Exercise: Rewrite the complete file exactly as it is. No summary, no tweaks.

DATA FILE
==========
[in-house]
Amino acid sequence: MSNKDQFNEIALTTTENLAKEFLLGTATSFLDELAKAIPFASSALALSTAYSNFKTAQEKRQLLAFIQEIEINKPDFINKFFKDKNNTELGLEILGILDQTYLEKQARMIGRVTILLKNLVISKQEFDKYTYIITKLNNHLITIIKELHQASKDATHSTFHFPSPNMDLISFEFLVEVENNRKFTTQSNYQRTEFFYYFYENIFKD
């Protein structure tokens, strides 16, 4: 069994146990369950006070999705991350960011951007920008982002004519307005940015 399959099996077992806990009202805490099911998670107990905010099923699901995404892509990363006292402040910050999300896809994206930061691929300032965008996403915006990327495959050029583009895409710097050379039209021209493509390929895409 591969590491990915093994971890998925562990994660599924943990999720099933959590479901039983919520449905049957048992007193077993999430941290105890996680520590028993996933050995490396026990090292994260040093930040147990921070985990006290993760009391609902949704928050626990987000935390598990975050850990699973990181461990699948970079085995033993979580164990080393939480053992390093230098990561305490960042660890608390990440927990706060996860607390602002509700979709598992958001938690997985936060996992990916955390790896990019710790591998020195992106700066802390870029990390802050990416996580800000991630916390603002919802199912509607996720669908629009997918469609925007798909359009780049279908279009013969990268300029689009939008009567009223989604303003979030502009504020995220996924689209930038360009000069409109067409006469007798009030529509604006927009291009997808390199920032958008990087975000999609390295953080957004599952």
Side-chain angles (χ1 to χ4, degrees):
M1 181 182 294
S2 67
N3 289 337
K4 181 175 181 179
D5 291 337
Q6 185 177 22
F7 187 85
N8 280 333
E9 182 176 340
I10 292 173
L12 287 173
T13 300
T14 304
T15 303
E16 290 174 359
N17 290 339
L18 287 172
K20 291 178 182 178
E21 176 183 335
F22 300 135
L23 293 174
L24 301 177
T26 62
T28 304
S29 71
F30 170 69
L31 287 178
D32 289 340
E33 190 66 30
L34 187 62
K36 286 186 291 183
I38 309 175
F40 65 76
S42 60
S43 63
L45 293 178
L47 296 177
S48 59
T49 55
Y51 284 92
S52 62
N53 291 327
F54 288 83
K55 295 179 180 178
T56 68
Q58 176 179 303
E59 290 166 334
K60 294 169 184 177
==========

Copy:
[in-house]
Amino acid sequence: MSNKDQFNEIALTTTENLAKEFLLGTATSFLDELAKAIPFASSALALSTAYSNFKTAQEKRQLLAFIQEIEINKPDFINKFFKDKNNTELGLEILGILDQTYLEKQARMIGRVTILLKNLVISKQEFDKYTYIITKLNNHLITIIKELHQASKDATHSTFHFPSPNMDLISFEFLVEVENNRKFTTQSNYQRTEFFYYFYENIFKD
């Protein structure tokens, strides 16, 4: 069994146990369950006070999705991350960011951007920008982002004519307005940015 399959099996077992806990009202805490099911998670107990905010099923699901995404892509990363006292402040910050999300896809994206930061691929300032965008996403915006990327495959050029583009895409710097050379039209021209493509390929895409 591969590491990915093994971890998925562990994660599924943990999720099933959590479901039983919520449905049957048992007193077993999430941290105890996680520590028993996933050995490396026990090292994260040093930040147990921070985990006290993760009391609902949704928050626990987000935390598990975050850990699973990181461990699948970079085995033993979580164990080393939480053992390093230098990561305490960042660890608390990440927990706060996860607390602002509700979709598992958001938690997985936060996992990916955390790896990019710790591998020195992106700066802390870029990390802050990416996580800000991630916390603002919802199912509607996720669908629009997918469609925007798909359009780049279908279009013969990268300029689009939008009567009223989604303003979030502009504020995220996924689209930038360009000069409109067409006469007798009030529509604006927009291009997808390199920032958008990087975000999609390295953080957004599952």
Side-chain angles (χ1 to χ4, degrees):
M1 181 182 294
S2 67
N3 289 337
K4 181 175 181 179
D5 291 337
Q6 185 177 22
F7 187 85
N8 280 333
E9 182 176 340
I10 292 173
L12 287 173
T13 300
T14 304
T15 303
E16 290 174 359
N17 290 339
L18 287 172
K20 291 178 182 178
E21 176 183 335
F22 300 135
L23 293 174
L24 301 177
T26 62
T28 304
S29 71
F30 170 69
L31 287 178
D32 289 340
E33 190 66 30
L34 187 62
K36 286 186 291 183
I38 309 175
F40 65 76
S42 60
S43 63
L45 293 178
L47 296 177
S48 59
T49 55
Y51 284 92
S52 62
N53 291 327
F54 288 83
K55 295 179 180 178
T56 68
Q58 176 179 303
E59 290 166 334
K60 294 169 184 177